Over at the Federal Aviation Administration, the Next Generation Air Transportation System (NextGen) was completely frozen for the duration of the government shutdown, setting the air traffic efficiency program back by two weeks. The delay comes as sequester cuts have already stalled implementation of the $42 billion program.
"It's very fortunate the shutdown didn't go on any longer," said Dan Stohr, spokesman for the Aerospace Industries Association, which represents companies developing NextGen technologies and works closely with the FAA on implementation.
"It's a very complex program, a system of systems, so to have the full benefit, you have to have all systems running," Stohr added.
The primary thrust of NextGen is to improve the efficiency and reliability of air travel through satellite-based navigation. If implemented on schedule, by 2030 NextGen is expected to reduce aircraft fuel burn by 1.6 billion gallons and eliminate 16 million metric tons of carbon dioxide emissions.
Defense's energy programs suffer
The Department of Defense's ongoing field operations continued unabated by the shutdown, but the department's forward-thinking energy programs did encounter bureaucratic speed bumps. Officials in the office of Operational Energy Plans and Programs, for instance, had to cancel meetings and postpone coordination efforts with DOE because so many federal workers had been furloughed.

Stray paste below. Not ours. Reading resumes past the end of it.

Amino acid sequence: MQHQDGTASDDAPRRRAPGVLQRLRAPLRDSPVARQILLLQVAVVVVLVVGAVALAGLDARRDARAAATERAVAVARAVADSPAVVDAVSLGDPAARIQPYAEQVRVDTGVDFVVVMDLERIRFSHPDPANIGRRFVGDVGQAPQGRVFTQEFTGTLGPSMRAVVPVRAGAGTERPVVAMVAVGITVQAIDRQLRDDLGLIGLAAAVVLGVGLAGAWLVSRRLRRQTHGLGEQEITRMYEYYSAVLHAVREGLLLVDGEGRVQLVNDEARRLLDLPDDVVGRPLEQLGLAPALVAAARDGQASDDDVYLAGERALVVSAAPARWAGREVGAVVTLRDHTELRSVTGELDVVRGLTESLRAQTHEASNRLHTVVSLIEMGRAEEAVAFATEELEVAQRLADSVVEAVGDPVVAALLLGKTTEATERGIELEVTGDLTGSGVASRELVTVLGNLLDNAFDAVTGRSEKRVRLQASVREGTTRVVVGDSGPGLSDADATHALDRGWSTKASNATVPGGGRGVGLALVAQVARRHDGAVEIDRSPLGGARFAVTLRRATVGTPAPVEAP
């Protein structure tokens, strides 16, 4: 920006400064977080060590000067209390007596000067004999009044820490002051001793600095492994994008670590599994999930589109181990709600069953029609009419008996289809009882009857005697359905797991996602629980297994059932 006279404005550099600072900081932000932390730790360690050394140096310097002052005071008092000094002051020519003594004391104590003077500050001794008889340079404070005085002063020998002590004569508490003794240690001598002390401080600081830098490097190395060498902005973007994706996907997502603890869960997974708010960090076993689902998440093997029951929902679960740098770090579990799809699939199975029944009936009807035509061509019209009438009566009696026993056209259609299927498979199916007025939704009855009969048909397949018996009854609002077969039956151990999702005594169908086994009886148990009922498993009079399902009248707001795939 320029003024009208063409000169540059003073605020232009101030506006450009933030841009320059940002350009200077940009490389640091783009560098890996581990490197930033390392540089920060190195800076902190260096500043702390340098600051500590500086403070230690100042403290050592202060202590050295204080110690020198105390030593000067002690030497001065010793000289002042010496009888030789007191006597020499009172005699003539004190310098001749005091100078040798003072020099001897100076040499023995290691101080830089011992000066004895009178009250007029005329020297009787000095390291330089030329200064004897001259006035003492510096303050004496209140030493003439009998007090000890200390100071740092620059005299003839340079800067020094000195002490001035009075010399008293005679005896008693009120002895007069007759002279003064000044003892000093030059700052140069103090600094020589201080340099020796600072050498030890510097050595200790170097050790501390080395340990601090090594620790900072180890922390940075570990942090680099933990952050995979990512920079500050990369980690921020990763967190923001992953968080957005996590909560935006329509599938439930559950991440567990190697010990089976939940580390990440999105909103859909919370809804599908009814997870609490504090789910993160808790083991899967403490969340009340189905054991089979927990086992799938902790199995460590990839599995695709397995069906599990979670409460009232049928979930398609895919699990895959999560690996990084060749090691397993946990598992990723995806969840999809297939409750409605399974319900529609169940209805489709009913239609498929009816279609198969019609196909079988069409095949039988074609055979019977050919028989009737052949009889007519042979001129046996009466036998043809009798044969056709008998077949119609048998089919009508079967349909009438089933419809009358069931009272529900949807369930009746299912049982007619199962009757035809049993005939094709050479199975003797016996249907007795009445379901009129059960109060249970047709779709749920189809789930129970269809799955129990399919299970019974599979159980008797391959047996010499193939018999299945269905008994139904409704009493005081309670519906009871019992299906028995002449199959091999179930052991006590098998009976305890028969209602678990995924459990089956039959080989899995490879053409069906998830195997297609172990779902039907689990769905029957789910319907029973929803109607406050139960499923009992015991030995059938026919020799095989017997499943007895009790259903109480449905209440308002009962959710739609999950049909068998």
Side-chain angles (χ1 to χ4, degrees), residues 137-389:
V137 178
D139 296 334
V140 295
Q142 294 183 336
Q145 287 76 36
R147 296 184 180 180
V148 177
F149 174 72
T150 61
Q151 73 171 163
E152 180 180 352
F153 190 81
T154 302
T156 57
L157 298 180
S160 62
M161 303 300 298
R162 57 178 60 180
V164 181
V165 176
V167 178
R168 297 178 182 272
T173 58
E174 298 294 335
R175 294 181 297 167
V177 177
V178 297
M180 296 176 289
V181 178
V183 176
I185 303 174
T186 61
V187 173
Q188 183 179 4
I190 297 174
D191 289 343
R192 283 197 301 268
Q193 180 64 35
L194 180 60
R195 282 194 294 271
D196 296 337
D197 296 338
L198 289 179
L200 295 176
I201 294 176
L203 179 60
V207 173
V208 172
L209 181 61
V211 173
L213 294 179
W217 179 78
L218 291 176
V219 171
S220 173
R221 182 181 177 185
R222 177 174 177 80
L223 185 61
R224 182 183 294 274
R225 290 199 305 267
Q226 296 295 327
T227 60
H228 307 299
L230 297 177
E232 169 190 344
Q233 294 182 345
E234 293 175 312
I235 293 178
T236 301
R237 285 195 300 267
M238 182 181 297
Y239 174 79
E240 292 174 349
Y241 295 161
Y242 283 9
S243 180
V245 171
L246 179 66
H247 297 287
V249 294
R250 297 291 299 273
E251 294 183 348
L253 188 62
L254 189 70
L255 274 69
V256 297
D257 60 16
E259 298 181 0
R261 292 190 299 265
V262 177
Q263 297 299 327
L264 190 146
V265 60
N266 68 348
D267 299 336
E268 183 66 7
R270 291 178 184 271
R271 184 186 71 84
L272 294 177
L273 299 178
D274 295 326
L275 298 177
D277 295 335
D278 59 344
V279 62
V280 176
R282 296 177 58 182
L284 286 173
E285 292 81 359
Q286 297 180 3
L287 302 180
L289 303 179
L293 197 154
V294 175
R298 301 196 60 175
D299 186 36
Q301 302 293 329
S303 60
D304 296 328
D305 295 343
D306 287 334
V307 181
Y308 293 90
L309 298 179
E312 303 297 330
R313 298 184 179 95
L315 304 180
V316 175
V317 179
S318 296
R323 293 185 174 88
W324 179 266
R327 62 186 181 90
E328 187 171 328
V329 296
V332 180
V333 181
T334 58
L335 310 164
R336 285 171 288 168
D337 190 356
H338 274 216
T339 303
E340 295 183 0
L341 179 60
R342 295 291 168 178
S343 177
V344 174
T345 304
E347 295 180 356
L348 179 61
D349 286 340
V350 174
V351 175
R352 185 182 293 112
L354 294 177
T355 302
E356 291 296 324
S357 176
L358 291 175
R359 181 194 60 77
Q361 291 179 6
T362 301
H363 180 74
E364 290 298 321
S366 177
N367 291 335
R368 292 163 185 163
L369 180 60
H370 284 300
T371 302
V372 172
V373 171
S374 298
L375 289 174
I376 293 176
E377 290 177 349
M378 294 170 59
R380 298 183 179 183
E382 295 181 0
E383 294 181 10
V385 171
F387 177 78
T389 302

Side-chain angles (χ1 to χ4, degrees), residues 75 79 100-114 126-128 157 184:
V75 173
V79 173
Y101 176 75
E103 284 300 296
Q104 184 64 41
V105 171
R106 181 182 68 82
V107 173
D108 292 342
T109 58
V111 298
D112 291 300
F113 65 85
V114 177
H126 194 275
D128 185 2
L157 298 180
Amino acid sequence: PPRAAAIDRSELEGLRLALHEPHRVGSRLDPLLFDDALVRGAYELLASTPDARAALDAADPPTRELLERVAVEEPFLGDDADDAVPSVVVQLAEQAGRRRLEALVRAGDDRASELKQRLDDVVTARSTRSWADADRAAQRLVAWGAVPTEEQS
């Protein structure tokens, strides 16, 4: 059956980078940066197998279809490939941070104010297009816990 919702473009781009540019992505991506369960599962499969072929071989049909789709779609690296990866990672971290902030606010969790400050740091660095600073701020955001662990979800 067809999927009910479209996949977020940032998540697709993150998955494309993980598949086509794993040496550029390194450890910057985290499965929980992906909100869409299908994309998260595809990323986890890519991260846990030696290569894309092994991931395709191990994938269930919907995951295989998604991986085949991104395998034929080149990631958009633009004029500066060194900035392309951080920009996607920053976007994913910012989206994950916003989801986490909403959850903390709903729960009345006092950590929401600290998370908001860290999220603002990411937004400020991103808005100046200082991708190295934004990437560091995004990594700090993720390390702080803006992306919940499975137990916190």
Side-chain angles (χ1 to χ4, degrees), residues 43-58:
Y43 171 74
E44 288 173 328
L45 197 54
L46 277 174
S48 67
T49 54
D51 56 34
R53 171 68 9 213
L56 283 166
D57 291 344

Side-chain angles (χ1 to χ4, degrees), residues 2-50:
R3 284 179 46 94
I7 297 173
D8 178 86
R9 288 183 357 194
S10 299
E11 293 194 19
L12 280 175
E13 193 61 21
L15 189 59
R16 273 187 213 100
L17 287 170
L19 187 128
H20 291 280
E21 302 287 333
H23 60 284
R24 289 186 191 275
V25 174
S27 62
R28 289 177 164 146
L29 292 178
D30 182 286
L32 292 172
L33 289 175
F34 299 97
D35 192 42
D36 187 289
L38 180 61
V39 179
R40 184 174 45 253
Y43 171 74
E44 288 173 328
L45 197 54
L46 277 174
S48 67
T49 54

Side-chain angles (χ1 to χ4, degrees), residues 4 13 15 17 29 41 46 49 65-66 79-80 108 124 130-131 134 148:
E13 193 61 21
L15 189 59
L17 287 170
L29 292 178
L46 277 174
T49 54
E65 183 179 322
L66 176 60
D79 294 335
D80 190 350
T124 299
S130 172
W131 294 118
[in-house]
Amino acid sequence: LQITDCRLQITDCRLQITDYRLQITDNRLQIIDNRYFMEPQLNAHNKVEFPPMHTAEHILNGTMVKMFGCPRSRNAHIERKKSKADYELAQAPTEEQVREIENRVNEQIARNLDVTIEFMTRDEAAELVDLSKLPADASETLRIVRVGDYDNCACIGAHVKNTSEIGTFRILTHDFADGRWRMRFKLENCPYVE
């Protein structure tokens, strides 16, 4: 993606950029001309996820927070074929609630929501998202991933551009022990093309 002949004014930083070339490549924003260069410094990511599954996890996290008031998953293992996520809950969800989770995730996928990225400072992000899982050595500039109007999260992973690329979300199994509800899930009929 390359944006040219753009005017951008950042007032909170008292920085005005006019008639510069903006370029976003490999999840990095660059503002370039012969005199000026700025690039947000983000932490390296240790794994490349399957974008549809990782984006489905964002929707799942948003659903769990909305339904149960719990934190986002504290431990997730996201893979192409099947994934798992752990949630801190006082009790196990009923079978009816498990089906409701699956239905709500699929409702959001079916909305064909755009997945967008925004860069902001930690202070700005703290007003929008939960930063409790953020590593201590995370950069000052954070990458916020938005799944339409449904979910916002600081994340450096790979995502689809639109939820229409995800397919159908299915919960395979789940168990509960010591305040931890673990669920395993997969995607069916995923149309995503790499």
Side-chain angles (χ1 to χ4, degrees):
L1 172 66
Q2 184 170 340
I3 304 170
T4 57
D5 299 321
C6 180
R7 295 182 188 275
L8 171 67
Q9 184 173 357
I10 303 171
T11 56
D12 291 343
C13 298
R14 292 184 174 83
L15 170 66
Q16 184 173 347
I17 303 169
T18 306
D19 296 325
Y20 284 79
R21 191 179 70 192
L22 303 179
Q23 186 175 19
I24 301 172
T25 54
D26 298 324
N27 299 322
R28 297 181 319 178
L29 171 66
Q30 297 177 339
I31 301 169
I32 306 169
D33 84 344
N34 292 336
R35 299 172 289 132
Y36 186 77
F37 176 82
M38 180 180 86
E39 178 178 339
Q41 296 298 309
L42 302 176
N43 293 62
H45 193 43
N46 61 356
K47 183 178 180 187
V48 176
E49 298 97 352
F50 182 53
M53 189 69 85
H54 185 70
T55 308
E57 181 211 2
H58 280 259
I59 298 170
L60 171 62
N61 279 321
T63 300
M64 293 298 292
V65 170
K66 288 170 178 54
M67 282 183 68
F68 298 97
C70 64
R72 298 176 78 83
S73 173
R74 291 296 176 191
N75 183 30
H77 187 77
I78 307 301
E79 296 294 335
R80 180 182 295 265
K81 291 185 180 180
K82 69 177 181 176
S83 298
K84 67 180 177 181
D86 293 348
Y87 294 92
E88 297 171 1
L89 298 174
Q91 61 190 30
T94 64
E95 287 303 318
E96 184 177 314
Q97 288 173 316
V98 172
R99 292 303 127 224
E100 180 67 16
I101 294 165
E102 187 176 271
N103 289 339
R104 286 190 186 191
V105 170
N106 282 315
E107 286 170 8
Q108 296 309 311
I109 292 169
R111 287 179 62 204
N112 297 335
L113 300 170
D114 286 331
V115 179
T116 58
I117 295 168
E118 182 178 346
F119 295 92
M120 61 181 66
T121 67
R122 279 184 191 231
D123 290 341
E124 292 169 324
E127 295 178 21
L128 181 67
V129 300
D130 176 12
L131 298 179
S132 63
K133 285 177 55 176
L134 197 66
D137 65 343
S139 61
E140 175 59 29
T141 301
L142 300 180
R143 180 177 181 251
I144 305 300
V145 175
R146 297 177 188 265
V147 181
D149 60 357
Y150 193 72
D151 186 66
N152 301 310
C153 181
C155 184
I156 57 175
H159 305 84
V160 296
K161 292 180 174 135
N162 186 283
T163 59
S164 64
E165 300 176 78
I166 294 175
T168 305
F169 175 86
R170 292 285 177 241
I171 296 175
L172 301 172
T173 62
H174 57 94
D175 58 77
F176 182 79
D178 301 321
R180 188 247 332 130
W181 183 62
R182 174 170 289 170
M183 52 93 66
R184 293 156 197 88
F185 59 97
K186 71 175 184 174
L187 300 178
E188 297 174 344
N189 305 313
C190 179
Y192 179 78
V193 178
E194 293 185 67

DOD is interested in adopting low-carbon energy sources, like distributed solar power and generators running on waste resources, to reduce reliance on the U.S. central power grid on home bases and to reduce the risks of delivering liquid fuels in the battlefield. The shutdown slowed consideration of energy initiatives for the fiscal 2015 budget, said DOD spokesman Mark Wright.
According to Undersecretary of Defense Robert Hale, at a minimum DOD lost $600 million in lost productivity from having to furlough almost 400,000 civilians for four days. He said the shutdown also dealt a severe blow to workforce morale.
Wright also highlighted the difficulties both the shutdown and the sequester were placing on the department.
"When you layer the shutdown with the sequester furloughs earlier this year, and the continuing budget uncertainty moving forward, all of it contributes to an environment where it is more difficult to retain our highly skilled workforce in support of our mission to give the troops better energy options so that they can defend the nation," said Wright.
Reporter Christa Marshall contributed.